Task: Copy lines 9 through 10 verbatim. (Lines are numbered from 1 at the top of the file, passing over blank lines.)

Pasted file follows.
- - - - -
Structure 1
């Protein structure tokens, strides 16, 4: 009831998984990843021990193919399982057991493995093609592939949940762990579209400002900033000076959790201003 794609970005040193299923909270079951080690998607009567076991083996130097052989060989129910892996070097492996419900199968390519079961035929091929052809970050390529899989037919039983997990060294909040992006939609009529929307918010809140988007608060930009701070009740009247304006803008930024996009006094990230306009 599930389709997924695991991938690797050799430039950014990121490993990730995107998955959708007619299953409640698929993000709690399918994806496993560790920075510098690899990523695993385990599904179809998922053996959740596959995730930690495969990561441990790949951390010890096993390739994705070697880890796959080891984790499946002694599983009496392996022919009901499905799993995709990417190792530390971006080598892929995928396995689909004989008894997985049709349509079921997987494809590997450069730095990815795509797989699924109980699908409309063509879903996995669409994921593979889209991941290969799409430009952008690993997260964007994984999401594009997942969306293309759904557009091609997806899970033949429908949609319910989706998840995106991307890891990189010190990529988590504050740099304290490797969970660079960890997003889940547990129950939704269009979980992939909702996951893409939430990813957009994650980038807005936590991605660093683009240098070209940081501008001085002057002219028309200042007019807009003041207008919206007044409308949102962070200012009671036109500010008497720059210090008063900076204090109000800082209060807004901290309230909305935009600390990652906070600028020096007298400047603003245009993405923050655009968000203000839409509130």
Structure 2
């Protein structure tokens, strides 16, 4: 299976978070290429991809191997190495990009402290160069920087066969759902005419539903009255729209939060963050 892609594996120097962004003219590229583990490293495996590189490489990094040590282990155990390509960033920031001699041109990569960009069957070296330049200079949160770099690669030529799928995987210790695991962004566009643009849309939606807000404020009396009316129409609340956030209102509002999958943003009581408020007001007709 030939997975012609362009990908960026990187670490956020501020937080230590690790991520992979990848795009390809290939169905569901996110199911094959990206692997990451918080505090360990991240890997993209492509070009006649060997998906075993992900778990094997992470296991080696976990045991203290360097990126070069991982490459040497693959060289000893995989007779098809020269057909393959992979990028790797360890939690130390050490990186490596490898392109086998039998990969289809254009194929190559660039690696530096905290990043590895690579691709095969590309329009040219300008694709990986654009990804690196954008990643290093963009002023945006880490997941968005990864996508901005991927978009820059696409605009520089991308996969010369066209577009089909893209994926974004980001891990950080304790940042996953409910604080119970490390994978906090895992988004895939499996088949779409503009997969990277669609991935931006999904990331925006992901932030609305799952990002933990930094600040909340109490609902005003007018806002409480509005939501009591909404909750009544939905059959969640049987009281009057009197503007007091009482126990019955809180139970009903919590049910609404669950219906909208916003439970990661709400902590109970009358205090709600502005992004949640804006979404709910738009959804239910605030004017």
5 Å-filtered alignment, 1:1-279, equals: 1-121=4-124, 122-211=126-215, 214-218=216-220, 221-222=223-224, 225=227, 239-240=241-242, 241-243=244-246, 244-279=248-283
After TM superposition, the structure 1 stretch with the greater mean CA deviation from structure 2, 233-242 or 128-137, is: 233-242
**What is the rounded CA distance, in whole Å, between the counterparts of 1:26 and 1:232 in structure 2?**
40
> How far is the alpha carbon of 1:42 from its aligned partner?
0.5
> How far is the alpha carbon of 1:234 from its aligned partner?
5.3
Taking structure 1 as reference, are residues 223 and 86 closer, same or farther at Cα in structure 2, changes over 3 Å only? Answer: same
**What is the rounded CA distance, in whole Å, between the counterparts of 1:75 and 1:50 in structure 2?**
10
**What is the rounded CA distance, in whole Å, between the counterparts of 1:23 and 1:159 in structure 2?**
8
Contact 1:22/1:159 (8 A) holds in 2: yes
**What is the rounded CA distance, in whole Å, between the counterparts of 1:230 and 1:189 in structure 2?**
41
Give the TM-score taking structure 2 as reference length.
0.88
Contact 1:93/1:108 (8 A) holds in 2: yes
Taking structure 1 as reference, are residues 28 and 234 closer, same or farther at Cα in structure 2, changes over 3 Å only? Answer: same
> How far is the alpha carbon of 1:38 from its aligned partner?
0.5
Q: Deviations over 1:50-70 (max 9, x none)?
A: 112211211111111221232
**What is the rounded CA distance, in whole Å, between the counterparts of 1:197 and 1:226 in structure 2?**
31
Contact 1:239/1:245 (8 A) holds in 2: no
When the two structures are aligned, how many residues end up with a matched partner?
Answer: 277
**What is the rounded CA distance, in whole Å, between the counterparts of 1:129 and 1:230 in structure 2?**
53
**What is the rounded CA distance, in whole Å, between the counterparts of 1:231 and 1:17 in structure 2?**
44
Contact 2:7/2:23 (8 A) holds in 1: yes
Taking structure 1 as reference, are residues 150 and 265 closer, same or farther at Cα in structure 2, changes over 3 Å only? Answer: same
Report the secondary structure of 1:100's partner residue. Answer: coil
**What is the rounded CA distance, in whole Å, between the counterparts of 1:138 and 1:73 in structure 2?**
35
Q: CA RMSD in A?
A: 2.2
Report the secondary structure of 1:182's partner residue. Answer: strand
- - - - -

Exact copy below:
> How far is the alpha carbon of 1:42 from its aligned partner?
0.5